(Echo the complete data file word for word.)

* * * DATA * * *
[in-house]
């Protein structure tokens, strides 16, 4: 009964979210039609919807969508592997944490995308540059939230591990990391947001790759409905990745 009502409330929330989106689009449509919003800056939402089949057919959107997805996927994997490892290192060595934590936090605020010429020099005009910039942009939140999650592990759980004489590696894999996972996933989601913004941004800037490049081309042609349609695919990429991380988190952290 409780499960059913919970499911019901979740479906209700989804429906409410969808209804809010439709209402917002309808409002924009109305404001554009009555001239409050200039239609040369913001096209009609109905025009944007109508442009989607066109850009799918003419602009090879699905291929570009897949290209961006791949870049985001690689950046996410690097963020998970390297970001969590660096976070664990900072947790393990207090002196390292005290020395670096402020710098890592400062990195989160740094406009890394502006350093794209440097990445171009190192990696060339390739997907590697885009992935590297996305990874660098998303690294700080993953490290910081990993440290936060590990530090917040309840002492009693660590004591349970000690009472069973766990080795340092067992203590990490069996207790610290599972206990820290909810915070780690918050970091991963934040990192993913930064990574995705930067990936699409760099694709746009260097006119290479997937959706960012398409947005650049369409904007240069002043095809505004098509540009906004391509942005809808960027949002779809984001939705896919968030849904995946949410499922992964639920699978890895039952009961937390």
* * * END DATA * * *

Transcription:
[in-house]
């Protein structure tokens, strides 16, 4: 009964979210039609919807969508592997944490995308540059939230591990990391947001790759409905990745 009502409330929330989106689009449509919003800056939402089949057919959107997805996927994997490892290192060595934590936090605020010429020099005009910039942009939140999650592990759980004489590696894999996972996933989601913004941004800037490049081309042609349609695919990429991380988190952290 409780499960059913919970499911019901979740479906209700989804429906409410969808209804809010439709209402917002309808409002924009109305404001554009009555001239409050200039239609040369913001096209009609109905025009944007109508442009989607066109850009799918003419602009090879699905291929570009897949290209961006791949870049985001690689950046996410690097963020998970390297970001969590660096976070664990900072947790393990207090002196390292005290020395670096402020710098890592400062990195989160740094406009890394502006350093794209440097990445171009190192990696060339390739997907590697885009992935590297996305990874660098998303690294700080993953490290910081990993440290936060590990530090917040309840002492009693660590004591349970000690009472069973766990080795340092067992203590990490069996207790610290599972206990820290909810915070780690918050970091991963934040990192993913930064990574995705930067990936699409760099694709746009260097006119290479997937959706960012398409947005650049369409904007240069002043095809505004098509540009906004391509942005809808960027949002779809984001939705896919968030849904995946949410499922992964639920699978890895039952009961937390």